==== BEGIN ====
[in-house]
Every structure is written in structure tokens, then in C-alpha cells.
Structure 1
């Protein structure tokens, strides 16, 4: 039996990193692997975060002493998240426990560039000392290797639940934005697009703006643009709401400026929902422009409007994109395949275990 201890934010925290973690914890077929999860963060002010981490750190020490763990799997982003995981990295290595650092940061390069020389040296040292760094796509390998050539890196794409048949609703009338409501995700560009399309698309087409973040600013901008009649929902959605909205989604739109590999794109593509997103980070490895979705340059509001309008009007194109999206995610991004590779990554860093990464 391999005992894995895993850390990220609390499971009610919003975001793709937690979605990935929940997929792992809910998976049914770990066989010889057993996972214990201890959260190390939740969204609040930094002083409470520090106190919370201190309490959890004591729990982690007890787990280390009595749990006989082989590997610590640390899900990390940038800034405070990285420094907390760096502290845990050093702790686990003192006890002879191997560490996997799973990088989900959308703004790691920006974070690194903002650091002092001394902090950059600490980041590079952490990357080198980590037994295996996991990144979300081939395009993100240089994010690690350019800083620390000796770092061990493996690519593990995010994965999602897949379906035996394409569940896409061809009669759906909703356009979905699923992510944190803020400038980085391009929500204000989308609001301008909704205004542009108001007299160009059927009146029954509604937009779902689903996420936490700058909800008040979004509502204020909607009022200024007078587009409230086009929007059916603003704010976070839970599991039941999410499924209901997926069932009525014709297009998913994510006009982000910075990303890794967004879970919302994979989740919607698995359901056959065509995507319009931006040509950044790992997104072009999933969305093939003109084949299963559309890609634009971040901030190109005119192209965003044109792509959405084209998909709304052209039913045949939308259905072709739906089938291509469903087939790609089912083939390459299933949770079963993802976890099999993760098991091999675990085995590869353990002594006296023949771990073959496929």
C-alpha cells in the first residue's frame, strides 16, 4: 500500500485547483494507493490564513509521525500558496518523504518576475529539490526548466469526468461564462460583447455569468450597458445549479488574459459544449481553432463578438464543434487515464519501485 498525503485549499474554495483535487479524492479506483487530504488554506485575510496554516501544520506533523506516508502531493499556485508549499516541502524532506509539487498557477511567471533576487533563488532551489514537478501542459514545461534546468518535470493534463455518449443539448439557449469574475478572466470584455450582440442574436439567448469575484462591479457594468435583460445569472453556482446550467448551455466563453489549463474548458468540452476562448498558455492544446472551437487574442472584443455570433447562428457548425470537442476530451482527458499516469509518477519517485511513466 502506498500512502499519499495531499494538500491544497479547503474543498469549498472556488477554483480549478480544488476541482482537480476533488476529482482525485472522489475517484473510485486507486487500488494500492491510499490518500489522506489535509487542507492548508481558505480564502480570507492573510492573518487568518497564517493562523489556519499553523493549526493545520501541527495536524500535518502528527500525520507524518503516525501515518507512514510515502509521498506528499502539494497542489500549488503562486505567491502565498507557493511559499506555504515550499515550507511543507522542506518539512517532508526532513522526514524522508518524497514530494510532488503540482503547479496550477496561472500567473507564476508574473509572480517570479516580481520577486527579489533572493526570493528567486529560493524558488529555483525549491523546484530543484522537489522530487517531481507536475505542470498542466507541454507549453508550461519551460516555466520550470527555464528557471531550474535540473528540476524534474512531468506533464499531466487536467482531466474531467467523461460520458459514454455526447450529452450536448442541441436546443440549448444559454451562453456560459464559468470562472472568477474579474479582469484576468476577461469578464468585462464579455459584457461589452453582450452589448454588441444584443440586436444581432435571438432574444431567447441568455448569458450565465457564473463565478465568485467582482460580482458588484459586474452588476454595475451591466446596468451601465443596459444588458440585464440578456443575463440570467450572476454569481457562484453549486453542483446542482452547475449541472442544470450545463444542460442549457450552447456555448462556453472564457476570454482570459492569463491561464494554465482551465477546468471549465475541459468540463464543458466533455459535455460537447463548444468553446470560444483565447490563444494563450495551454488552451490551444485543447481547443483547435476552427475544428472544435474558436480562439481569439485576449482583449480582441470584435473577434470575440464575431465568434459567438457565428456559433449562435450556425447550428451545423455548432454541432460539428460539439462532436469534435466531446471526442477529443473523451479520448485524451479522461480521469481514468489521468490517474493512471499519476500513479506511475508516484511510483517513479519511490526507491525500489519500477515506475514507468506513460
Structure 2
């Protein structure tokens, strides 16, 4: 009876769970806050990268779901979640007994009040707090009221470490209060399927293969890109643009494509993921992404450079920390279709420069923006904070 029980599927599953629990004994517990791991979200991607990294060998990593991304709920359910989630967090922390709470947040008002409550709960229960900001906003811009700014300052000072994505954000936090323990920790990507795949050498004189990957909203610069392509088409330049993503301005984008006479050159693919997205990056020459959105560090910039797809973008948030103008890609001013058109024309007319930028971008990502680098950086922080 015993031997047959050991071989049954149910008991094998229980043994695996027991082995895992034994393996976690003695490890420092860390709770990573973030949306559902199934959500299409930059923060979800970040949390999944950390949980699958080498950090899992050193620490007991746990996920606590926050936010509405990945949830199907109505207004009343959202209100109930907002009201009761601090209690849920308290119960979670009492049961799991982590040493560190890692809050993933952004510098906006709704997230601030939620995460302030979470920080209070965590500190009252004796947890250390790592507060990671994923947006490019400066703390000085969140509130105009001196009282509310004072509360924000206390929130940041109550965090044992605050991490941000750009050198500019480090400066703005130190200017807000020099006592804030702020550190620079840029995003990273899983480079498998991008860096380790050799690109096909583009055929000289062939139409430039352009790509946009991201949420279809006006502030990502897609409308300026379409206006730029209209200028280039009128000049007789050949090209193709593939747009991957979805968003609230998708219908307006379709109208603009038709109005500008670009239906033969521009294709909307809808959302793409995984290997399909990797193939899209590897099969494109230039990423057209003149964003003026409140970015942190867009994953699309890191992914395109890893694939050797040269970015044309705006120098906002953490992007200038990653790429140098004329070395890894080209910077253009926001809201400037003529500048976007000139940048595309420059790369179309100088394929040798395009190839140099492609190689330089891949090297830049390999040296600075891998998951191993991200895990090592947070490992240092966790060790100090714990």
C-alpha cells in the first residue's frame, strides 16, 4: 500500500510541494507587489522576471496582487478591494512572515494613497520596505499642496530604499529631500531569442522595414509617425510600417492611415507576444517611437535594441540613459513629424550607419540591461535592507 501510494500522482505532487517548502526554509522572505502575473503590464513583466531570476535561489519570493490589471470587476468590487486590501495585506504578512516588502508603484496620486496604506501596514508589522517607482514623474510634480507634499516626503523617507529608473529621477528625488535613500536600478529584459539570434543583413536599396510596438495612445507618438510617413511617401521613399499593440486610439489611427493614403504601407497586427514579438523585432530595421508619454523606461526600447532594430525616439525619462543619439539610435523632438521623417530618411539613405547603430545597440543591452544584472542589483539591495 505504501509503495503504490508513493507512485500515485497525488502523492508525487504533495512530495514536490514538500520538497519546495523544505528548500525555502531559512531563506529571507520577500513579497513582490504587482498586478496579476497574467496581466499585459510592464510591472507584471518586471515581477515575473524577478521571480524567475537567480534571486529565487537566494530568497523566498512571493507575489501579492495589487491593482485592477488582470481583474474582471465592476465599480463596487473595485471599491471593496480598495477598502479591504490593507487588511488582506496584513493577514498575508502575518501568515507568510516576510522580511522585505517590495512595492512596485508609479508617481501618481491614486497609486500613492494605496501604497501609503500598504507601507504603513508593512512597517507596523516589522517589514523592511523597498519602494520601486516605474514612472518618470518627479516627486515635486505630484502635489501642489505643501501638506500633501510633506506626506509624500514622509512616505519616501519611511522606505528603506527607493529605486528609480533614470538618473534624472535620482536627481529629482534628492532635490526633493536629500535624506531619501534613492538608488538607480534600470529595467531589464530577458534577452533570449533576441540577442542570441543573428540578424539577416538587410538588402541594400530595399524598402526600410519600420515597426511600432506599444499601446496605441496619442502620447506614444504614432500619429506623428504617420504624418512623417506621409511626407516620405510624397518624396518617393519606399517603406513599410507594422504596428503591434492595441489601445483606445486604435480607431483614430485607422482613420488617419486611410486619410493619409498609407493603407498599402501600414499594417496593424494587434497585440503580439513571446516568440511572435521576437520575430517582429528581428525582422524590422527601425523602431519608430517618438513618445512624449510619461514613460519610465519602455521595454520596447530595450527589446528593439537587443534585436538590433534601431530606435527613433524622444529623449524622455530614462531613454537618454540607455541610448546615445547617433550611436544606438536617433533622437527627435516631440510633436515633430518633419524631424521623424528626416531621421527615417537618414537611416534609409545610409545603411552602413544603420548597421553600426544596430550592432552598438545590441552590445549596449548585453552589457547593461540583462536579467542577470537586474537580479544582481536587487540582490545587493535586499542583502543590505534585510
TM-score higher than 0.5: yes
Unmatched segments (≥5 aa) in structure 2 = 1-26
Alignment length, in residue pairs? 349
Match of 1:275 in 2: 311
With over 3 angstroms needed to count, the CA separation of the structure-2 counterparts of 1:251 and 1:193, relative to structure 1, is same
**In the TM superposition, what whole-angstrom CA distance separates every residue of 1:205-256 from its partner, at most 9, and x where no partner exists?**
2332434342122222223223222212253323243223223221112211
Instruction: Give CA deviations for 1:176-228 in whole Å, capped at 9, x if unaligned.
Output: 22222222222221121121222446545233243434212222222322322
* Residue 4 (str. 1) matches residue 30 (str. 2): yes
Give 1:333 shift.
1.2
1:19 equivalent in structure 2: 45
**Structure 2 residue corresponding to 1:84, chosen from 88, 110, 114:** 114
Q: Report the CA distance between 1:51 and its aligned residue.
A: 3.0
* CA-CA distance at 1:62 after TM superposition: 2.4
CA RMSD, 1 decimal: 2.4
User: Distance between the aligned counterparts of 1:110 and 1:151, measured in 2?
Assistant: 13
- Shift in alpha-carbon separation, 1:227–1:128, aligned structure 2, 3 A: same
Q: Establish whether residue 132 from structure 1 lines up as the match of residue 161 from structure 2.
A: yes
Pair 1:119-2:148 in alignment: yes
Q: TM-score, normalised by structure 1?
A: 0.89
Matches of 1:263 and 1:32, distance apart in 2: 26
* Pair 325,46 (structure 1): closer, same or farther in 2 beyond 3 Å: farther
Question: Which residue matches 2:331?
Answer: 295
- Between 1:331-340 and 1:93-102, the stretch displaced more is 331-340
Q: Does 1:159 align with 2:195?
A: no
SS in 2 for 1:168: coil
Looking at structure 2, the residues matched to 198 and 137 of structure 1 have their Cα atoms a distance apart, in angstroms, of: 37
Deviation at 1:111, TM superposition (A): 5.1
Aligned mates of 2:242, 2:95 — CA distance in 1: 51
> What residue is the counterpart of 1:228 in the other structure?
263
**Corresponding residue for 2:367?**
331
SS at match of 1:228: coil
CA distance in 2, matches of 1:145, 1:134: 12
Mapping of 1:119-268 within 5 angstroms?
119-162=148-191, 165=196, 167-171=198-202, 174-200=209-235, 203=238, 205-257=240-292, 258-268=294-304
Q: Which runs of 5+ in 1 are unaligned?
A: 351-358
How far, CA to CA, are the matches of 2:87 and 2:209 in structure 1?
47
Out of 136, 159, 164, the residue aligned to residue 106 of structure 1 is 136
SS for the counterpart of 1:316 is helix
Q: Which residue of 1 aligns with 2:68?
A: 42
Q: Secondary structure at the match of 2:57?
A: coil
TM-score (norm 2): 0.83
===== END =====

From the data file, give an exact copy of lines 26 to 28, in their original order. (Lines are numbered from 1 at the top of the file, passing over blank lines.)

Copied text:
CA RMSD, 1 decimal: 2.4
User: Distance between the aligned counterparts of 1:110 and 1:151, measured in 2?
Assistant: 13